DS lore

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Loafing Around With XGBoots

This is a guest post by Javier Rodriguez Zaurin.

My good friend Nadbor told me that he found on Reddit someone asking if data scientists end up doing boring tasks such as classifying shoes. As someone that has faced this problem in the past, I was committed to show that classifying shoes it is a challenging, entertaining task. Maybe the person who wrote that would find it more interesting if the objects to classify were space rockets, but whether rockets or shoes, the problem is of the same nature.


Imagine that you work at a fashion aggregator, and every day you receive hundreds of shoes in the daily feed. The retailers send you one identifier and multiple images (with different points of view) per shoe model. Sometimes, they send you additional information indicating whether one of the images is the default image to be displayed at the site, normally, the side-view of the shoe. However, this is not always the case. Of course, you want your website to look perfect, and you want to consistently show the same shoe perspective across the entire site. Therefore, here is the task: how do we find the side view of the shoes as they come through the feed?


Before I jump into the technical aspect of the solution, let me just add a few lines on team-work. Through the years in both real science and data science, I have learned that cool things don’t happen in isolation. The solution that I am describing here was part of a team effort and the process was very entertaining and rewarding.

Let’s go into the details.

The solution implemented comprised two steps:

1-. Using the shape context algorithm to parameterise shoe-shapes

2-. Cluster the shapes and find those clusters that are comprised mostly by side-view shoes


Details on the algorithm can be found here and additional information on our python implementation is here. The steps required are mainly two:

1-. Find points along the silhouette of the shoe useful to define the shape.

2-. Compute a Shape Context Matrix using radial and angular metrics that will effectively parameterise the shape of the shoe.


Finding the relevant points to be used later to compute the Shape Context Matrix is relatively easy. If the background of the image is white, simply “slice” the image and find the initial and final points that are not background per slice. Note that due to the “convoluted” shapes of some shoes, techniques relying on contours might not work here.

I have coded a series of functions to make our lives easier. Here I show the results of using some of those functions.

The figure shows 60 points of interest found as we move along the image horizontally.


Once we have the points of interest we can compute the radial and angular metrics that will eventually lead to the Shape Context Matrix. The idea is the following: for a given point, compute the number of points that fall within a radial bin and an angular bin relative to that point.

In a first instance, we computed 2 matrices, one containing radial information and one containing angular information, per point of interest. For example, if we select 120 points of interest around the silhouette of the shoe, these matrices will be of dim (120,120).

Once we have these matrices, the next step consists in building the shape context matrix per point of interest. Eventually, all shape context matrices are flattened and concatenated resulting in what is referred to as Bin Histogram.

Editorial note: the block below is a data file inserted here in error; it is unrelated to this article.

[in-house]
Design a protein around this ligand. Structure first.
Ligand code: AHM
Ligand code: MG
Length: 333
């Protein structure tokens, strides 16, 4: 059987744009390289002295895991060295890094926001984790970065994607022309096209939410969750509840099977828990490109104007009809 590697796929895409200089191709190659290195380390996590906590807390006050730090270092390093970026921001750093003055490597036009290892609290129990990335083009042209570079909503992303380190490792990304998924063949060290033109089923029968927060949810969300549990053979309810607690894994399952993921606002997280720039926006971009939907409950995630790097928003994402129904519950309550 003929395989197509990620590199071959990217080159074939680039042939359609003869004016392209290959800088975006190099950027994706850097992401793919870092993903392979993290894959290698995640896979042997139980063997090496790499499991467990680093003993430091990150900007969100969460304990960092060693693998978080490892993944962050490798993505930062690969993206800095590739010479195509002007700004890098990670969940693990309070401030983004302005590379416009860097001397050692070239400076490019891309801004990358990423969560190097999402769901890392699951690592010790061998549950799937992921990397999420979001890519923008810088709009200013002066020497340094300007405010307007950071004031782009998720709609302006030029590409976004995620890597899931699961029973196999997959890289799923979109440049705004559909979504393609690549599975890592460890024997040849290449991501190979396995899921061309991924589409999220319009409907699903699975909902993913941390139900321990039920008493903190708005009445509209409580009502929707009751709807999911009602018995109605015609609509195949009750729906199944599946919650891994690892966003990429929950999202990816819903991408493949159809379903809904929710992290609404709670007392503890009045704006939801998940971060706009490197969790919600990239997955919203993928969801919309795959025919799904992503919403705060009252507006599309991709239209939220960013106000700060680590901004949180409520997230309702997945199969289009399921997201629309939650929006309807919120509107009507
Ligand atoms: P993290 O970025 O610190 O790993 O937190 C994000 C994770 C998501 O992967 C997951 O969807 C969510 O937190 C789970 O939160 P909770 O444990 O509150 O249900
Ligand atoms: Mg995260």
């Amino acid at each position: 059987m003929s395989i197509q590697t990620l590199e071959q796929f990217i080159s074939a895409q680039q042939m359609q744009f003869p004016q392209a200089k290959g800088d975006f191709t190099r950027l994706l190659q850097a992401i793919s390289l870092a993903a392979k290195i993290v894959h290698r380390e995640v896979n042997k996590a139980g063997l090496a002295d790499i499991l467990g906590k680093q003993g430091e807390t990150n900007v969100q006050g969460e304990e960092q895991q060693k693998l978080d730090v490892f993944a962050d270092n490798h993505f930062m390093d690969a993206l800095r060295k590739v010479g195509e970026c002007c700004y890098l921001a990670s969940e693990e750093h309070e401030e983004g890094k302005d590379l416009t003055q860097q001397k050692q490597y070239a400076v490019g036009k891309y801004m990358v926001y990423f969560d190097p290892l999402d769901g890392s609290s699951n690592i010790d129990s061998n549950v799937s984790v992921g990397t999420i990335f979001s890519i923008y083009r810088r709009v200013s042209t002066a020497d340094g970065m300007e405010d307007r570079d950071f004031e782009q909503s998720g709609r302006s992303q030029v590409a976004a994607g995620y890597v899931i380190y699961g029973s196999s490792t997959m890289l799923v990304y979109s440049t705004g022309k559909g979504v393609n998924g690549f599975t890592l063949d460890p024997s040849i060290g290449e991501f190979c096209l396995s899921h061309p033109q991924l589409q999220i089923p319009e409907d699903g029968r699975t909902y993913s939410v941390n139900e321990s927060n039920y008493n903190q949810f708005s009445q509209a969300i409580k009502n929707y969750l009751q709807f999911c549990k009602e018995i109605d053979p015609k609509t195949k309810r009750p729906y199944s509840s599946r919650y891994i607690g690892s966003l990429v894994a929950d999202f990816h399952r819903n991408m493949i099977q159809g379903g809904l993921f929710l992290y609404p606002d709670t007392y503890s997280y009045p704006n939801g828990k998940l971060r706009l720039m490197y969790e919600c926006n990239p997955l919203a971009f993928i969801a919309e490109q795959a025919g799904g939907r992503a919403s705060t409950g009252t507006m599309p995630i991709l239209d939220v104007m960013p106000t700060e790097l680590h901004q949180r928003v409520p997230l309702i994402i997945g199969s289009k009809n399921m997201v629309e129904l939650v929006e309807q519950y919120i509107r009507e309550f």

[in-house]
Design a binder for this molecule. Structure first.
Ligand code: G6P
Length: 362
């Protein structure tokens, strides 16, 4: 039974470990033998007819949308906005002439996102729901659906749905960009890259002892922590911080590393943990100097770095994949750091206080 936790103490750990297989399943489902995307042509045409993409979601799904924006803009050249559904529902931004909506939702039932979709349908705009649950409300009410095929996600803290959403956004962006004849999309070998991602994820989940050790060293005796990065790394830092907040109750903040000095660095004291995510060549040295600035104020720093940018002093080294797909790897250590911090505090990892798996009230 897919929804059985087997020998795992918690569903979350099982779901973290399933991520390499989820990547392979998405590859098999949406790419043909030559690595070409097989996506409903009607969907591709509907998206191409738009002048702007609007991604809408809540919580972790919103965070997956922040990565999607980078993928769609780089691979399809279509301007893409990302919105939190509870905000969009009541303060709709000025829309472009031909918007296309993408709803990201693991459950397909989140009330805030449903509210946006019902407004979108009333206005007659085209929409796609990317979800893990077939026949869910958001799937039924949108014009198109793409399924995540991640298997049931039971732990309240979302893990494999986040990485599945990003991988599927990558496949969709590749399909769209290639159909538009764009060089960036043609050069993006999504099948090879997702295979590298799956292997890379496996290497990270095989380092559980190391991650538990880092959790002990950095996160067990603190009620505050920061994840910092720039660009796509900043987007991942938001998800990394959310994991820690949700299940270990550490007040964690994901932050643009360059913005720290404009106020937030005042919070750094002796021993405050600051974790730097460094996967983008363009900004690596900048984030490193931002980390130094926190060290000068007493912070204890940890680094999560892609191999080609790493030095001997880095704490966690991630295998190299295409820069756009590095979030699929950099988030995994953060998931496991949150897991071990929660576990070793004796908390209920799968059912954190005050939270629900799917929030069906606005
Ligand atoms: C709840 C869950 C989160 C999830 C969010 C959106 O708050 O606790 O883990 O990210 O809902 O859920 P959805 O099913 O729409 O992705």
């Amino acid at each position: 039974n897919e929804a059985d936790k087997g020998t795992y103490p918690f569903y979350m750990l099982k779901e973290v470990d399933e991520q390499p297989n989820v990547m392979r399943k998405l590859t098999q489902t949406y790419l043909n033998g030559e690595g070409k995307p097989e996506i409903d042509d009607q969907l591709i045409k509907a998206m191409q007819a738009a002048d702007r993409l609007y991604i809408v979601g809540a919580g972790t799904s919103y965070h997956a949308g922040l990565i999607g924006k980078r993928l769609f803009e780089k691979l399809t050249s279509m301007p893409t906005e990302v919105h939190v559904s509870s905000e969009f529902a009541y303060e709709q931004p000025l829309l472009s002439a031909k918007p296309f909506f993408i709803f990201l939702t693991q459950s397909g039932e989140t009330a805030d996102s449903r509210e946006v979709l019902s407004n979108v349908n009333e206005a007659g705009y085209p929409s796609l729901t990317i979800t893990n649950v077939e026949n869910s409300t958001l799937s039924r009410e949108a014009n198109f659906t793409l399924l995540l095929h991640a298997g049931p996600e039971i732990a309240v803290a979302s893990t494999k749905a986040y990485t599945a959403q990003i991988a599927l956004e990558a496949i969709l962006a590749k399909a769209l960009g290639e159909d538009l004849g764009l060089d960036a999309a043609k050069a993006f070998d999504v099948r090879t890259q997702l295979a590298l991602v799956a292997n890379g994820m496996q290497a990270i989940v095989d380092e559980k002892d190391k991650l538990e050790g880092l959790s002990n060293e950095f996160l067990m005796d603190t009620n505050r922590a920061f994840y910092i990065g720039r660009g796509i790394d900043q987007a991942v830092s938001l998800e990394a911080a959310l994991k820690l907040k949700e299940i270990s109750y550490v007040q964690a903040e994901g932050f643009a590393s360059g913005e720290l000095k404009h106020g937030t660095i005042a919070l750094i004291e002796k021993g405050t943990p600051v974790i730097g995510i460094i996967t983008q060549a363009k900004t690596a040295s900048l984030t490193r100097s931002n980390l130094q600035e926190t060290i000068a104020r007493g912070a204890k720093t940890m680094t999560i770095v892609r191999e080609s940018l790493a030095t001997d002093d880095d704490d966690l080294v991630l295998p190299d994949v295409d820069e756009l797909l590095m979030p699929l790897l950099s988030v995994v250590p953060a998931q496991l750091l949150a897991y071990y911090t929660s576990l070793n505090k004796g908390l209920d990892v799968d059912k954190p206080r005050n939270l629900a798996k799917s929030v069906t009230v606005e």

Let’s have a look at one of these shape context matrices. For this particular example we used 6 radial bins and 12 angular bins. Code to generate this plot can be found here:

This figure has been generated for the first point within our points-of-interest-array and is interpreted as follows: if we concentrate on the upper-left “bucket” we find that, relative to the first point in our array, there are 34 other points that fall within the largest radial bin (labelled 0 in the Figure) and within the first angular bin (labelled 0 in the Figure). More details on the interpretation can be found here

Once we have a matrix like the one in Figure 2 for every point of interest, we flatten and concatenate them resulting in an array of 12 $\times$ 6 $\times$ number of points (120 in this case), i.e. 8640 values. Overall, after all this process we will end up with a numpy array of dimensions (number of images, 8640). Now we just need to cluster these arrays.


A detailed discussion on how to pick the number of clusters and the potential caveats can be found here. In this post I will simply show the results of using MiniBatchKMeans to cluster the arrays using 15 clusters. For example, clusters 2,3 and 10 look like this.

Interestingly cluster 1 is comprised of images with an non-white and/or structured background, images with a shape different than that of a shoe and some misclassifications. Some advise on how to deal with the images in that cluster can be found here


There are still a few aspects to cover to isolate the side views of the shoes with more certainty, but I will leave this for a future post (if I have the time!).

In addition, there are some other features and techniques one could try to improve the quality of the clusters, such as GIST indicators or Halarick Textural Features.

Of course, if you have the budget, you can always pay for someone to label the entire dataset, turn this into a supervised problem and use Deep Learning. A series of convolutional layers should capture shapes, colours and patterns. Nonetheless, if you think for a second about the nature of this problem, you will see that even deciding the labelling is not a trivial task.

Anyway, for now, I will leave it here!

The code for the process described in this post can be found here